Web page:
Dolive: What have I become?
June 17, 2017 at 4 a.m.
I am a Texan and proud of it. To many of its millions of residents, Texas is the greatest state in the nation. We like things big, and we like them to be bigger than every other state. Texans are proud of their state.
But being in Texas, especially East Texas, means we are sitting squarely and firmly in the buckle of the Bible Belt. The Bible Belt is a term used to describe the area where conservative Christianity is the prominent player in the state's religiosity. Generally, this term refers to a high level of conservative, evangelical Christians. This does not mean you can't find conservative, evangelical Christians outside of this arbitrary boundary, but for some reason, they seem to cluster in these areas in high concentrations.
I didn't grow up in a church that beat people over the head or judged people for they way they acted. I felt loved and welcomed in a place where people were friendly and they loved serving God. I learned about Christ and God's love for humanity. It wasn't until I was older that I began to hear more Christians speak on the necessity of evangelizing to people or even being "saved correctly."
As I have grown and matured, this "I know more than you" mentality of Christianity has been something I cannot stand, especially when it flies in the face of my theology. Theology is a deeply personal thing. Hopefully people have grown, honed and crafted their theology over time, adjusting and modifying it as time progresses and as contexts and situations change.
I know some people will be turned off by the previous statement. Please don't read it to say that I believe the message of God and/or Christ changes. The message of God's love, acceptance, forgiveness and reconciliation never changes, but how we find and understand it does. People's life experiences influence their interpretation; as we grow and mature in faith, we must recognize these changes. It is when people are unwilling to see another side of the theological coin that Christianity turns into a stalemate.
As I have grown and changed, so has my level of disdain for pushy, in your face, "turn away from sin, you sinning sinners" rhetoric. I have come to the realization that maybe I am just like those Christians that I dislike. Maybe I believe my way is the highway.
The denomination I serve and am ordained in has freedom of belief as a main tenet of faith. We believe that all people have a relationship with God and through the movement of the Spirit and the interaction of a Christian faith community we can discuss, learn and grow together. Maybe this is why I get so upset. Many people are becoming disillusioned with church or Christianity because they have been told their theology is too "out there" or that Christianity is one strict way. There's no hurt like church hurt.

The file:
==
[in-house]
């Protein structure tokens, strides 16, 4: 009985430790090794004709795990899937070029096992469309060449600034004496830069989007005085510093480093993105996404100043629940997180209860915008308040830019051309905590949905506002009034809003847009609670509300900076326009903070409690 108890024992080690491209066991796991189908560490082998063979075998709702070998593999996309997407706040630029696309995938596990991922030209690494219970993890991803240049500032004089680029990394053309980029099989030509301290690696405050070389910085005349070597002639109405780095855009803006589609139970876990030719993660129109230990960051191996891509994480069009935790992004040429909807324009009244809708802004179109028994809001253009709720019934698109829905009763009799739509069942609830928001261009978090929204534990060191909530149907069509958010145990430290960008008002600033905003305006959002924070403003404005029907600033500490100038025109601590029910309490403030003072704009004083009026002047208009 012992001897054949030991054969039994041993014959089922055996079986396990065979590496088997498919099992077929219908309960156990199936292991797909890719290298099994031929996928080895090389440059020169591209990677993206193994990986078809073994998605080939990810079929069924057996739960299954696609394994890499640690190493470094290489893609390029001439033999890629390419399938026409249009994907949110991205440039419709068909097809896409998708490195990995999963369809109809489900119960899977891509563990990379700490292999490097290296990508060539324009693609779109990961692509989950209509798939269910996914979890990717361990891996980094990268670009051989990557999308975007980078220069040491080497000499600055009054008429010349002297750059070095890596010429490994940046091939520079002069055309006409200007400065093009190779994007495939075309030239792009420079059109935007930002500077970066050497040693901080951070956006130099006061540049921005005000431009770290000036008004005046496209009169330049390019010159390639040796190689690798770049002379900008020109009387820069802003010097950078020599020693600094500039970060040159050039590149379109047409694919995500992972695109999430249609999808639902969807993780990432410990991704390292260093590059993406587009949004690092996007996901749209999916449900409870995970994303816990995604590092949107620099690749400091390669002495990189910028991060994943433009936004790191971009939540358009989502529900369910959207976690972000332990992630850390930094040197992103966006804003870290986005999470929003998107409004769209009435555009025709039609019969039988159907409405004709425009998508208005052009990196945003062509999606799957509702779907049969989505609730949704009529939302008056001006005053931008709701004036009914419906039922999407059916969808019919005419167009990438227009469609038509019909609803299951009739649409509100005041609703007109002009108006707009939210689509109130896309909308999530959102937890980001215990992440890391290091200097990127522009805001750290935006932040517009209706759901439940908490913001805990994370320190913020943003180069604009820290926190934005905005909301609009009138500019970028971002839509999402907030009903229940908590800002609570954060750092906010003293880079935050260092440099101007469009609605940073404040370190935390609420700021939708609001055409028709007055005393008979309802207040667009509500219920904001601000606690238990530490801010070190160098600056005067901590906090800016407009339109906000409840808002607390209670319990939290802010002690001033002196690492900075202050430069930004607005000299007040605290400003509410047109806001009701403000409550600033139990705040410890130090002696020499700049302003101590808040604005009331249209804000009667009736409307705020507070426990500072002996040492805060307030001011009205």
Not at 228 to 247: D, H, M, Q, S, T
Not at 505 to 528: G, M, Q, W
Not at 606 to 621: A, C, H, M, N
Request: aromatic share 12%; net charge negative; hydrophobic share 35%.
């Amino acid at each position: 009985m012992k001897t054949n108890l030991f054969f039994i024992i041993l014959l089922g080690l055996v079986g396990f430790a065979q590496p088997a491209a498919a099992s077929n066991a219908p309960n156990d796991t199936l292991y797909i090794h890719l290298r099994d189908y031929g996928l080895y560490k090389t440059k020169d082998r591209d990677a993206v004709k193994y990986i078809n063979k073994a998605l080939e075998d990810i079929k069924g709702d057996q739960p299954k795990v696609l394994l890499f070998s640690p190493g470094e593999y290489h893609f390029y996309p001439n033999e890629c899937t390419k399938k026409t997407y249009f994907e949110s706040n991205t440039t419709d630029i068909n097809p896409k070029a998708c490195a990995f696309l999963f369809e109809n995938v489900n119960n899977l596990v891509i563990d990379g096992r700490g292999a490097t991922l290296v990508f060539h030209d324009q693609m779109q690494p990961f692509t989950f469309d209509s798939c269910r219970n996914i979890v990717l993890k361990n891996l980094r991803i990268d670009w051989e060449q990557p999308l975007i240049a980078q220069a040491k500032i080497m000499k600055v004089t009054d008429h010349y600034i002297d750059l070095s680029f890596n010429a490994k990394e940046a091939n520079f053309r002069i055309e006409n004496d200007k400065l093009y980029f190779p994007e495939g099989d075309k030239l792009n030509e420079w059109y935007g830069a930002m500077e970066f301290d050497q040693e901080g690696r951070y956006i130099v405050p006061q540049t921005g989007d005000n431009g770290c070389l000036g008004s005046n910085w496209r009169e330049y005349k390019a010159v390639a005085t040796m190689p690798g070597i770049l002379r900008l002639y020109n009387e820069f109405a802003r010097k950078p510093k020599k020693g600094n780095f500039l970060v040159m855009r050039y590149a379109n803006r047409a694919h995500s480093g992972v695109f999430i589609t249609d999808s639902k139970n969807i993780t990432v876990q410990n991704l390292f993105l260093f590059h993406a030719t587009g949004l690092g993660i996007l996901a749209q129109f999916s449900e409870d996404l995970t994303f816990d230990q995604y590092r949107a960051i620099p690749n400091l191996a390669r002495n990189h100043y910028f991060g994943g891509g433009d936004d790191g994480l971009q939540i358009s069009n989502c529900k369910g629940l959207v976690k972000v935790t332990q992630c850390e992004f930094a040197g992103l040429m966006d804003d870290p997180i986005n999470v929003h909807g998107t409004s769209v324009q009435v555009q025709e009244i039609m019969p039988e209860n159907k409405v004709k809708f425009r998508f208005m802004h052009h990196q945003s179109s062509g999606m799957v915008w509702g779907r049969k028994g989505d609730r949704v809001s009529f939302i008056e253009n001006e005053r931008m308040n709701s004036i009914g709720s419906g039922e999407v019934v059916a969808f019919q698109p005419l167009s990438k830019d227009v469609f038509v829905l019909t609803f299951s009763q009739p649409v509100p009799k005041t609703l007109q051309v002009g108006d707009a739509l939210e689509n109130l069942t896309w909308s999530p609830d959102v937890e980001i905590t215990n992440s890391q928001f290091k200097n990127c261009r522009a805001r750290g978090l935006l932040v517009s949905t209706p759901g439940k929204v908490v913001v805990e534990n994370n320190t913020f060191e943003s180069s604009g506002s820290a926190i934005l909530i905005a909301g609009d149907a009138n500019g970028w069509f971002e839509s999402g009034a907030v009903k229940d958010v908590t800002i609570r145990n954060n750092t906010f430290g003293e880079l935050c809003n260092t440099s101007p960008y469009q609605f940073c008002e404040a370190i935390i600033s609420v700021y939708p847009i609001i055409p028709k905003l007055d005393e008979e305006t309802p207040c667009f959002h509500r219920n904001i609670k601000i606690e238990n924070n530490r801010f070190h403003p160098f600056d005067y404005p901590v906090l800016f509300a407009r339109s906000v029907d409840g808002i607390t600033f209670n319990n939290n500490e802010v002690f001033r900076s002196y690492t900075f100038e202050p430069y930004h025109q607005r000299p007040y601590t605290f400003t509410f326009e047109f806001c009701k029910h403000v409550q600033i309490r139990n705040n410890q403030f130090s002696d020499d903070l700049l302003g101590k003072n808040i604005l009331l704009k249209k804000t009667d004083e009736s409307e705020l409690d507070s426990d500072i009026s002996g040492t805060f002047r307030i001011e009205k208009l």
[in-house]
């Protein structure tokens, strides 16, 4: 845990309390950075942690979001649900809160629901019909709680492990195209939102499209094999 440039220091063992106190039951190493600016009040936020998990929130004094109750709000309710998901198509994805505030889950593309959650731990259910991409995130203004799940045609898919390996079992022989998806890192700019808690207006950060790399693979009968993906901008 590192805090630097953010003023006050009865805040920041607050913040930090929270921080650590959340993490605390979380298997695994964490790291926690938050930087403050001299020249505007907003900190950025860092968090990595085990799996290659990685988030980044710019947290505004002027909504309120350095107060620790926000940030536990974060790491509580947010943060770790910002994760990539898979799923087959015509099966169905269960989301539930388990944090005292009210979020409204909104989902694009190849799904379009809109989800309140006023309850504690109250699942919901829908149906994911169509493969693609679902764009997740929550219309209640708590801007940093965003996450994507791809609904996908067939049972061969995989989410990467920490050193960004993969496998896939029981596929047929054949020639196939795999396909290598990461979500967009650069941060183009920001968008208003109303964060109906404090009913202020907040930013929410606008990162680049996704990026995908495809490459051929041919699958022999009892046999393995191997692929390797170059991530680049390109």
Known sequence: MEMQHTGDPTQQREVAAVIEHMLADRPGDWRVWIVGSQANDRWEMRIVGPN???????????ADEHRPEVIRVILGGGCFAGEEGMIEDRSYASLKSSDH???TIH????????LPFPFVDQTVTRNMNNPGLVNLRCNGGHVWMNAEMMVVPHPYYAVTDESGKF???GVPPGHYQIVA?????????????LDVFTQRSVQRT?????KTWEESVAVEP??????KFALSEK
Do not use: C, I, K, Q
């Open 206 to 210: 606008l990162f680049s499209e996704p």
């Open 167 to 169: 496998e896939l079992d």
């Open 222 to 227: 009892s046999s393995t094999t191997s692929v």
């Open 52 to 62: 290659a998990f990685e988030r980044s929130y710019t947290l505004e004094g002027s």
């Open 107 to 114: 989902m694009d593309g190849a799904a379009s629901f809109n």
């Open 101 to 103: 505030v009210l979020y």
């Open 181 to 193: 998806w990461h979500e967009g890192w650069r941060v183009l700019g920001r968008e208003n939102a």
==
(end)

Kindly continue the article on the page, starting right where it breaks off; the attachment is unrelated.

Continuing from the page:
As one of my professors in seminary said, just because we have freedom of belief doesn't mean there is no such thing as a bad theology. So maybe in some ways I am like those Christians I can't stand. But still I want to foster an environment that welcomes differing thoughts to the table. If in the light of a civil discussion or Bible study we can come to a different conclusion, then that's OK with me.
Sadly, this is not taking place in many of our churches. We have all been in churches where people of like-mindedness get together and espouse the same doctrine and belief structure they have always done. Why are we going to the Bible to only reinforce what we already know?
I have to be aware of my own prejudices and faults. I know that I am not perfect nor is my picture of who God is complete. I will continue to strive to live out the Gospel message as faithfully as possible, and along the way I hope to bring others to know the same God of love and acceptance that I do.
I know too many people who have been "burned" by a "well-intentioned, God-fearing Christian," and that saddens me deeply. If the church is to survive another 2,000 years, we will have to start somewhere. We have to start with Christ and the acceptance found in him. We must proclaim Christ first, not a church doctrine or slogan.
As a collective society we have forgotten how to take part in a dialogue instead of debating and yelling. Let's come to the table under the banner of Christ in all its many forms. Just as Christ humbled himself, we must put aside anxieties, stereotypes and preconceived notions about others. Just as Christ did not think too highly of himself, neither should we think we are more than fallible human beings. Thinking that we have it all figured out is a rejection of the grace of God and the teaching of Christ.
— The Rev. Evan M. Dolive is associate minister for family life at First Christian Church (Disciples of Christ) in Longview. He is an author and blogger. More information can be found online at evandolive.com or on social media. On Twitter, he's @RevEvanDolive and on Facebook, fb.com/evandoliveauthor.